Scientists have found that economic success is a major factor behind language extinction. A recent study revealed that minority languages, even those that exist in developed parts of the world such as Australia, Europe, and North America, are now under threat. The research study was published in the Proceedings of the Royal Society B, which is one of two scientific journals published by the Royal Society of the United Kingdom.
As a result of the research findings, scientists are urging that the efforts for the protection of minority languages should be increased. The lead author of the research was Tatsuya Amano at the University of Cambridge. The scientist said that the situation is very serious as world languages are being lost rapidly. He also added that the researchers involved conducted the study because they wanted to know the global distribution of accelerated extinction and what the main drivers of the extinction are.
The voices are vanishing
Dr. Amano, who usually studies the rates of extinction in animals, said that almost 25% of languages across the globe are being threatened. According to the study’s conclusions, the speakers of minority languages are pressured to adopt more dominant languages because the only other choice is to become increasingly marginalized, politically and economically speaking. As the scientists discovered, the more successful a country is economically, the faster most of its languages are lost.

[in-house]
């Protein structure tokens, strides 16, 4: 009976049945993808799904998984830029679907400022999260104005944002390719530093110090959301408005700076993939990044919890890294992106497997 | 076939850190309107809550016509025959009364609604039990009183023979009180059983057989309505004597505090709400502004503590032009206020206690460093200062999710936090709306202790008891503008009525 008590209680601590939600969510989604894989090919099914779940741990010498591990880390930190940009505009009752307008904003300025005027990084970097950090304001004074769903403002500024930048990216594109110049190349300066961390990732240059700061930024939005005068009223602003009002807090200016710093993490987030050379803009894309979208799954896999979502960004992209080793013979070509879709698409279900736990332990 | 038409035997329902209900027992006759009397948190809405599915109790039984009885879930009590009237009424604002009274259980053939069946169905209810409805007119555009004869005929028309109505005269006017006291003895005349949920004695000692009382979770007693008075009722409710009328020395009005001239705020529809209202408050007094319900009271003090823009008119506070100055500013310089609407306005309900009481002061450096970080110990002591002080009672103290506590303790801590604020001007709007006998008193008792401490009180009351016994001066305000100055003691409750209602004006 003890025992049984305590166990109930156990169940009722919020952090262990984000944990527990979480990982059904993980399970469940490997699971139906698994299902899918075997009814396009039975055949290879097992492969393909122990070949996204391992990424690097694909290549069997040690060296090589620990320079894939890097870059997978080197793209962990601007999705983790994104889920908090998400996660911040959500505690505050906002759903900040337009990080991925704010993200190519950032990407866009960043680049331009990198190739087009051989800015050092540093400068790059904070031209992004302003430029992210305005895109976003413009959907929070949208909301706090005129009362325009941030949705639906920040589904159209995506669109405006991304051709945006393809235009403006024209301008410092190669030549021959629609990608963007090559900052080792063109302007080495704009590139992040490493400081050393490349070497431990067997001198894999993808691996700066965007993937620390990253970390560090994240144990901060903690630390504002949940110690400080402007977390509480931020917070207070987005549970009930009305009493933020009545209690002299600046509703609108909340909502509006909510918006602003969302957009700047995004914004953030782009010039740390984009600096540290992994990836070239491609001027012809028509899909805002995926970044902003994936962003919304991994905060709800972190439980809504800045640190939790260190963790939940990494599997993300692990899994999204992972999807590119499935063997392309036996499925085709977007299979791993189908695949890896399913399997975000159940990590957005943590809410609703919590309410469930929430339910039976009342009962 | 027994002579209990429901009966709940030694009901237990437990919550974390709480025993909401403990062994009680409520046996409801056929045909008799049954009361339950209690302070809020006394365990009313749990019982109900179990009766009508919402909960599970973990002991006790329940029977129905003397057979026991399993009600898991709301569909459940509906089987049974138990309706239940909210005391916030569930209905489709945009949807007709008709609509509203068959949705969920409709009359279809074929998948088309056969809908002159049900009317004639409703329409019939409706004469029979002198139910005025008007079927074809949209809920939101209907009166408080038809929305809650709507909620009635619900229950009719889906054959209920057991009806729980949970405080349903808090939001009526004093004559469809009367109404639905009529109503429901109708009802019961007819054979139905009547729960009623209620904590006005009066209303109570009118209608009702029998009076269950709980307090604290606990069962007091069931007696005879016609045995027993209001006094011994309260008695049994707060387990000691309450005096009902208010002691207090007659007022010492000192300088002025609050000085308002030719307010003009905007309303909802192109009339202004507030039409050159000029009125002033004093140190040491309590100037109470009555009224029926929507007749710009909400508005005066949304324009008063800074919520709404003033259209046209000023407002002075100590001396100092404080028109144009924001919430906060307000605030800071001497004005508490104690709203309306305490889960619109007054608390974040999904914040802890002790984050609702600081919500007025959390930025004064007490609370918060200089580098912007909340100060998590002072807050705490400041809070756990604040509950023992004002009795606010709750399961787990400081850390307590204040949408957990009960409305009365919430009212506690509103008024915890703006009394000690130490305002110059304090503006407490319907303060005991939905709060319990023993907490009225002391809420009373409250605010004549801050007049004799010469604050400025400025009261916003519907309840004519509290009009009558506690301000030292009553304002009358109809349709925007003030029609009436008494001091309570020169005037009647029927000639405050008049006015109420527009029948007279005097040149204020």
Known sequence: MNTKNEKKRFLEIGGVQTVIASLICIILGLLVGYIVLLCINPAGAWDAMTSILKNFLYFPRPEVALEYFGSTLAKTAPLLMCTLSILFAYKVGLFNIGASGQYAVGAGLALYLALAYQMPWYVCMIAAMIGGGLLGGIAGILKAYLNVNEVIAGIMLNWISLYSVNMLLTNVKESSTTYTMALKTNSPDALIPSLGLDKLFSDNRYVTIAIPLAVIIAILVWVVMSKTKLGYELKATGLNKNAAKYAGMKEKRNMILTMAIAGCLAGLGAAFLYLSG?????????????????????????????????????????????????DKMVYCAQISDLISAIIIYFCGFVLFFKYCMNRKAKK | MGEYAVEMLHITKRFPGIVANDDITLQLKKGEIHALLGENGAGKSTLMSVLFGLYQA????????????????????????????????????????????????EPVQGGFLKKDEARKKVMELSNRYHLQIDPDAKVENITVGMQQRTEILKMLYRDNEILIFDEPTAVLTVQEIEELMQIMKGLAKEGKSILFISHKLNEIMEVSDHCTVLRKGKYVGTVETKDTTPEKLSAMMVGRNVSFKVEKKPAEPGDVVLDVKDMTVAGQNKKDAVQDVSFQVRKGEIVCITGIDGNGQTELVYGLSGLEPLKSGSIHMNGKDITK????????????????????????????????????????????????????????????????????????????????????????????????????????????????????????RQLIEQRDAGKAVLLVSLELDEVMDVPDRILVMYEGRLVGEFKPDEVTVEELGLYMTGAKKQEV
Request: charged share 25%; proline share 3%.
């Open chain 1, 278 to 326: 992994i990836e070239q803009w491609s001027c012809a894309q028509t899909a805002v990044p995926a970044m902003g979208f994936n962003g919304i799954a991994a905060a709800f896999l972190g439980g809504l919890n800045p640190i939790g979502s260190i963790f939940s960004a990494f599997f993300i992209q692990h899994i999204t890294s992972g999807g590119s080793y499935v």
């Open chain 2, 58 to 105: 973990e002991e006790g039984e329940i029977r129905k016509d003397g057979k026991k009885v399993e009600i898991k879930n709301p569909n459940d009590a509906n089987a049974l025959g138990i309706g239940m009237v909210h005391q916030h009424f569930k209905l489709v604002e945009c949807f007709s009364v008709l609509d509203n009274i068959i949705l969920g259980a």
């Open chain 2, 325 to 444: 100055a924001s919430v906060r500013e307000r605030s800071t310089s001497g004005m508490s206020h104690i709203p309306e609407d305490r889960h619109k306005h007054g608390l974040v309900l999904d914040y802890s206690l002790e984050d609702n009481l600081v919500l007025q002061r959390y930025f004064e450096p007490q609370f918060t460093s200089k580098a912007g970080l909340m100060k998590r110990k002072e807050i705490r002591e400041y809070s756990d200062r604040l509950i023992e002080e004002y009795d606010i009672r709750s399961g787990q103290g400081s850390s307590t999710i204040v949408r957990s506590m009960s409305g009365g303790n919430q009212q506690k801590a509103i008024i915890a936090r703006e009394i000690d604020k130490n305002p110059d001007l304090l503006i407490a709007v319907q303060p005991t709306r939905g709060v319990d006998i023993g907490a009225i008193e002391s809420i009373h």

Some languages at risk
The scientists revealed that in North America, various Alaskan languages are at risk, including Upper Tanana, which currently has fewer than 25 speakers. In France, Auvergnat is quickly fading, and the situation is the same with Scandinavia’s Ume Sami. Dr. Amano explained that as national economies develop, a single language tends to dominate, and this is typically the one used by a country’s educational and political systems. The Northern Hemisphere is not the only place where minority languages are threatened. For example, the Bahing language in Nepal is now only spoken by an estimated 8 people.
Concerted efforts are being undertaken to protect the Welsh language in the UK, and according to Dr. Amano, these programs are a great example of a successful protection strategy. Daniel Kaufman, the executive director of the Endangered Language Alliance, has pointed out that, in terms of language conservation, economic, political, and social factors now overshadow environmental factors. Previously, linguistic diversity was shaped by the environment, but now economic and political realities predominate.